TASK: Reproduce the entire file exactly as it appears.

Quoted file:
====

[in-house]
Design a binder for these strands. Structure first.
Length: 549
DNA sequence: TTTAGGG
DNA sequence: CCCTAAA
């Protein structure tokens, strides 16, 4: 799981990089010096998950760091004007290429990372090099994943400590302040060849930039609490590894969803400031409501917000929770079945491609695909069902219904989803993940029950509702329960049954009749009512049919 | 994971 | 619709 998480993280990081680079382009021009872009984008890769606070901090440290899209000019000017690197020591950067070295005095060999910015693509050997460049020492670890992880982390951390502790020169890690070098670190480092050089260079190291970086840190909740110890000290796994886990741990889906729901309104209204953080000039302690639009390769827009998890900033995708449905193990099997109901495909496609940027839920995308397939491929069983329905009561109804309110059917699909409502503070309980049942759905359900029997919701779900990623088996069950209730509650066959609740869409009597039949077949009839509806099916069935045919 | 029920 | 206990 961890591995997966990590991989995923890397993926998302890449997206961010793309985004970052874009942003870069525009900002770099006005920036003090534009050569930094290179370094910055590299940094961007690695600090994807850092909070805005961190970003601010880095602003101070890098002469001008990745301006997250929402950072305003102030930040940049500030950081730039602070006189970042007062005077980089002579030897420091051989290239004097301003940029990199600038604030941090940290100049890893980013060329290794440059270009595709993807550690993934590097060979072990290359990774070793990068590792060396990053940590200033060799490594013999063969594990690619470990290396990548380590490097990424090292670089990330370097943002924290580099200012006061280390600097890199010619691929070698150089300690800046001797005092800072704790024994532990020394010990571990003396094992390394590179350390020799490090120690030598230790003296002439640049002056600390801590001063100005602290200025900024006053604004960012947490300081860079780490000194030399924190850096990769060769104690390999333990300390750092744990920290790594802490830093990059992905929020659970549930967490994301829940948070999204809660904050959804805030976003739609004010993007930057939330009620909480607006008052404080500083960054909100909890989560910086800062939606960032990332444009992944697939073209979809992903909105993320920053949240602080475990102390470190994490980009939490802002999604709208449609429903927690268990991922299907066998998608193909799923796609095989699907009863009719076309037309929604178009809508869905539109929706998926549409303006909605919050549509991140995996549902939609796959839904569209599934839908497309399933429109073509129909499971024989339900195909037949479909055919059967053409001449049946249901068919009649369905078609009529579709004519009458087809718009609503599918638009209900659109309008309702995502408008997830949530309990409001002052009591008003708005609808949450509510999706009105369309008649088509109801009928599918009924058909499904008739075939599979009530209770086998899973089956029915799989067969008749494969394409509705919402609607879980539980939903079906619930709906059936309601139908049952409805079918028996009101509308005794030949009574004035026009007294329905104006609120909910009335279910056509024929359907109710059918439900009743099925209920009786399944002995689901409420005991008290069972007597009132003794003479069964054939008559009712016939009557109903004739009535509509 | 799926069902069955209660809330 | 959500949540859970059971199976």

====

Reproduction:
[in-house]
Design a binder for these strands. Structure first.
Length: 549
DNA sequence: TTTAGGG
DNA sequence: CCCTAAA
């Protein structure tokens, strides 16, 4: 799981990089010096998950760091004007290429990372090099994943400590302040060849930039609490590894969803400031409501917000929770079945491609695909069902219904989803993940029950509702329960049954009749009512049919 | 994971 | 619709 998480993280990081680079382009021009872009984008890769606070901090440290899209000019000017690197020591950067070295005095060999910015693509050997460049020492670890992880982390951390502790020169890690070098670190480092050089260079190291970086840190909740110890000290796994886990741990889906729901309104209204953080000039302690639009390769827009998890900033995708449905193990099997109901495909496609940027839920995308397939491929069983329905009561109804309110059917699909409502503070309980049942759905359900029997919701779900990623088996069950209730509650066959609740869409009597039949077949009839509806099916069935045919 | 029920 | 206990 961890591995997966990590991989995923890397993926998302890449997206961010793309985004970052874009942003870069525009900002770099006005920036003090534009050569930094290179370094910055590299940094961007690695600090994807850092909070805005961190970003601010880095602003101070890098002469001008990745301006997250929402950072305003102030930040940049500030950081730039602070006189970042007062005077980089002579030897420091051989290239004097301003940029990199600038604030941090940290100049890893980013060329290794440059270009595709993807550690993934590097060979072990290359990774070793990068590792060396990053940590200033060799490594013999063969594990690619470990290396990548380590490097990424090292670089990330370097943002924290580099200012006061280390600097890199010619691929070698150089300690800046001797005092800072704790024994532990020394010990571990003396094992390394590179350390020799490090120690030598230790003296002439640049002056600390801590001063100005602290200025900024006053604004960012947490300081860079780490000194030399924190850096990769060769104690390999333990300390750092744990920290790594802490830093990059992905929020659970549930967490994301829940948070999204809660904050959804805030976003739609004010993007930057939330009620909480607006008052404080500083960054909100909890989560910086800062939606960032990332444009992944697939073209979809992903909105993320920053949240602080475990102390470190994490980009939490802002999604709208449609429903927690268990991922299907066998998608193909799923796609095989699907009863009719076309037309929604178009809508869905539109929706998926549409303006909605919050549509991140995996549902939609796959839904569209599934839908497309399933429109073509129909499971024989339900195909037949479909055919059967053409001449049946249901068919009649369905078609009529579709004519009458087809718009609503599918638009209900659109309008309702995502408008997830949530309990409001002052009591008003708005609808949450509510999706009105369309008649088509109801009928599918009924058909499904008739075939599979009530209770086998899973089956029915799989067969008749494969394409509705919402609607879980539980939903079906619930709906059936309601139908049952409805079918028996009101509308005794030949009574004035026009007294329905104006609120909910009335279910056509024929359907109710059918439900009743099925209920009786399944002995689901409420005991008290069972007597009132003794003479069964054939008559009712016939009557109903004739009535509509 | 799926069902069955209660809330 | 959500949540859970059971199976």